In the configuration of FIGURE 4, the acceleration sensing member 30 is supported for limited angular rotation, relative to housing-fixed member 28-, by a pair of beam springs 32 and 38 which are oppositely sprung, i.e. when angularly deflectable member 30 is deflected, spring 32 applies a bias torque in a first direction about the axis of relative rotation, as shown by arrow 36 in FIGURE 5, and spring 38 applies a bias torque in the opposite direction, as shown by arrow 40 in FIGURE 6. Thus, in the configuration of FIGURE 4 the bias torques represented by arrows 36 and 40 cancel each other. It is this cancelling effect which is described herein when it is stated that the supporting beam-springs are oppositely sprung.
In the configuration of FIGURES 3 through 6, particularly as shown in FIGURES 5 and 6, the members 28 and 30 are shown as ceramic-like members while the beam-springs 32, 34 and 38 are shown as metal beams. Actually, in a preferred embodiment, as shown in FIG- URES 7 through 13, the beam would be made of a metal such as electroless nickel which is bonded in a film to the surfaces of the ceramic members 28 and 30*.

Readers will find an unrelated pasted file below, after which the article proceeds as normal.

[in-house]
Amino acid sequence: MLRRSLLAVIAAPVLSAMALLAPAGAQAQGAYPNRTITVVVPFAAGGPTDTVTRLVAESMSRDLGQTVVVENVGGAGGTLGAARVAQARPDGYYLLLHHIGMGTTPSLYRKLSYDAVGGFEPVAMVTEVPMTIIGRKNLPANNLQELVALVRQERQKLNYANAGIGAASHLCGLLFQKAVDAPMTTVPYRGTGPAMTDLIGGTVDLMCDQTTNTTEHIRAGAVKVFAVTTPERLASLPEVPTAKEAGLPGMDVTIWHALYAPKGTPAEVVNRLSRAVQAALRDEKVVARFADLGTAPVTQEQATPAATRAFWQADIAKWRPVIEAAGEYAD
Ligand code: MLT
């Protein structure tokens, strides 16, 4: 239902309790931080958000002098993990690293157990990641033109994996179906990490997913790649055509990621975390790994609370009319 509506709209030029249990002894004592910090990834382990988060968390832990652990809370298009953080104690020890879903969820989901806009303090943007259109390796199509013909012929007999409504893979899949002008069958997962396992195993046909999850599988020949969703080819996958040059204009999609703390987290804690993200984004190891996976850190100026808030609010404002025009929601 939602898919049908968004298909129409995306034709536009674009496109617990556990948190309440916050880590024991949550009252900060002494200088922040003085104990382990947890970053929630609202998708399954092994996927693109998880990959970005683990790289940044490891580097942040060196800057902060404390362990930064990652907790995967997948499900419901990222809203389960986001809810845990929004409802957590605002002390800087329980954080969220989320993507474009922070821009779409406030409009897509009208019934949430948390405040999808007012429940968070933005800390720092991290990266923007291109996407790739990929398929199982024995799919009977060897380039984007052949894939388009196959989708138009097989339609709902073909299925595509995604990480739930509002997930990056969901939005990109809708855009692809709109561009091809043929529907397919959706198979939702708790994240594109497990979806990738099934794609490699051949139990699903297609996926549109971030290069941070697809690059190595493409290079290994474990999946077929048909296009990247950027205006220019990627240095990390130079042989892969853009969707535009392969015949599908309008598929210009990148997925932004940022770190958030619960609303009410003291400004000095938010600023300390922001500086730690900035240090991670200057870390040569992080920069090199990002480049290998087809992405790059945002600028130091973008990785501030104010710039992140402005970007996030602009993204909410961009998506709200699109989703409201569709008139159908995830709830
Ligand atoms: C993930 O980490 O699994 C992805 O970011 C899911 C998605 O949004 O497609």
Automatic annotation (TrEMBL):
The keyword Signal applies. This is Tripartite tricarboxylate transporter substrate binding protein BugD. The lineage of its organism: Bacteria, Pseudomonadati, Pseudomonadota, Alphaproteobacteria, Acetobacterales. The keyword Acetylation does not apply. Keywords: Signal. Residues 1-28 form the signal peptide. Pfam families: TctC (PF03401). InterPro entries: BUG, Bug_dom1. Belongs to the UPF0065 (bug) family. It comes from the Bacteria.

The preferred embodiment of the invention is shown in FIGURES 7 through 13, with a circuit used with the invention shown in FIGURE 14. In the FIGURES 7 through 13, the central housing-fixed member 42 is anchored between the top 43 and the bottom 44 of an outer housing 45 by means of an O-ring 46, a pressure ring 47, a wiring-harness ring 48, a permanent magnet member 50, and a magnet temperature compensating member 52. The metal film sections which are bonded to the ceramic anchor member 42 at 54, 56, 58, 60, 62 and 64 on one surface and 66 on the other surface are used as electrical conductors. So, too, the conductive plating 68 on the surface of the magnet 50 is a conductive surface adapted to carry electrical potential from electrode 66 to the magnet 50. The film '70 on the surface of member 52 is an insulating layer which may-for examplebe anodized aluminum. A centering pin 72 and a centering collar 74 are used to center the various components, with the centering pin 72 recessed into the bottom 44 at 74 (FIG. 8). The entire assembly is held in the outer housing 45 by a snap ring 76. A magnet fluxreturn ring, or return path 78 surrounds magnet 50- and is held in place by magnet retaining member 52, as shown at 72 and 80 in FIG. 13. Space is made between magnet 50 and return path 78 to form a gap into which an electromagnet coil 82, atached to sensing mass 84 is inserted.